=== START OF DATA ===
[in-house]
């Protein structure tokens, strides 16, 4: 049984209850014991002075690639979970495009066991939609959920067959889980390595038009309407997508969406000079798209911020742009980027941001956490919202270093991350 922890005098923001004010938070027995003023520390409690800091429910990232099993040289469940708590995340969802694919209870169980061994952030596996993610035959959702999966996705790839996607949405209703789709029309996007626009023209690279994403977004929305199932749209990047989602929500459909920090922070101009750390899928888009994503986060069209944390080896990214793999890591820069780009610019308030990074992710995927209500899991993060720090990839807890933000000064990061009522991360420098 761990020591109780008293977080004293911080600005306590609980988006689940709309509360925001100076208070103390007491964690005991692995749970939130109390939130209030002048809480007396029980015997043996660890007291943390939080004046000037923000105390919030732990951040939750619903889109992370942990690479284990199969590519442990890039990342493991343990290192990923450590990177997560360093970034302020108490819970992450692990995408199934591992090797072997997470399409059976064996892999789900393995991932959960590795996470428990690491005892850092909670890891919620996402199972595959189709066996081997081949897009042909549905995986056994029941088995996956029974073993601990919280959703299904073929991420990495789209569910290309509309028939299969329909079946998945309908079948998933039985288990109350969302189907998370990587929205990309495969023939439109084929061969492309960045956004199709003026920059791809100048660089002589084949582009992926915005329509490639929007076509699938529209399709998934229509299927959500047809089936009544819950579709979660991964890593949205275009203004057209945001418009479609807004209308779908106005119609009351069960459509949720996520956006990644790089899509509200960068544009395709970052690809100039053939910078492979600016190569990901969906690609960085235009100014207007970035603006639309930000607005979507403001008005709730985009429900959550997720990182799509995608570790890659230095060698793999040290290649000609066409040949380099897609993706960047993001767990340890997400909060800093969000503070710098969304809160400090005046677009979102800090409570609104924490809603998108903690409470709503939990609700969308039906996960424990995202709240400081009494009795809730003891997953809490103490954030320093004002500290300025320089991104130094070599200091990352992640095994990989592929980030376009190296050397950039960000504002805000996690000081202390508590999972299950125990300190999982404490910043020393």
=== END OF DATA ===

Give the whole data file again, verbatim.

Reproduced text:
[in-house]
């Protein structure tokens, strides 16, 4: 049984209850014991002075690639979970495009066991939609959920067959889980390595038009309407997508969406000079798209911020742009980027941001956490919202270093991350 922890005098923001004010938070027995003023520390409690800091429910990232099993040289469940708590995340969802694919209870169980061994952030596996993610035959959702999966996705790839996607949405209703789709029309996007626009023209690279994403977004929305199932749209990047989602929500459909920090922070101009750390899928888009994503986060069209944390080896990214793999890591820069780009610019308030990074992710995927209500899991993060720090990839807890933000000064990061009522991360420098 761990020591109780008293977080004293911080600005306590609980988006689940709309509360925001100076208070103390007491964690005991692995749970939130109390939130209030002048809480007396029980015997043996660890007291943390939080004046000037923000105390919030732990951040939750619903889109992370942990690479284990199969590519442990890039990342493991343990290192990923450590990177997560360093970034302020108490819970992450692990995408199934591992090797072997997470399409059976064996892999789900393995991932959960590795996470428990690491005892850092909670890891919620996402199972595959189709066996081997081949897009042909549905995986056994029941088995996956029974073993601990919280959703299904073929991420990495789209569910290309509309028939299969329909079946998945309908079948998933039985288990109350969302189907998370990587929205990309495969023939439109084929061969492309960045956004199709003026920059791809100048660089002589084949582009992926915005329509490639929007076509699938529209399709998934229509299927959500047809089936009544819950579709979660991964890593949205275009203004057209945001418009479609807004209308779908106005119609009351069960459509949720996520956006990644790089899509509200960068544009395709970052690809100039053939910078492979600016190569990901969906690609960085235009100014207007970035603006639309930000607005979507403001008005709730985009429900959550997720990182799509995608570790890659230095060698793999040290290649000609066409040949380099897609993706960047993001767990340890997400909060800093969000503070710098969304809160400090005046677009979102800090409570609104924490809603998108903690409470709503939990609700969308039906996960424990995202709240400081009494009795809730003891997953809490103490954030320093004002500290300025320089991104130094070599200091990352992640095994990989592929980030376009190296050397950039960000504002805000996690000081202390508590999972299950125990300190999982404490910043020393």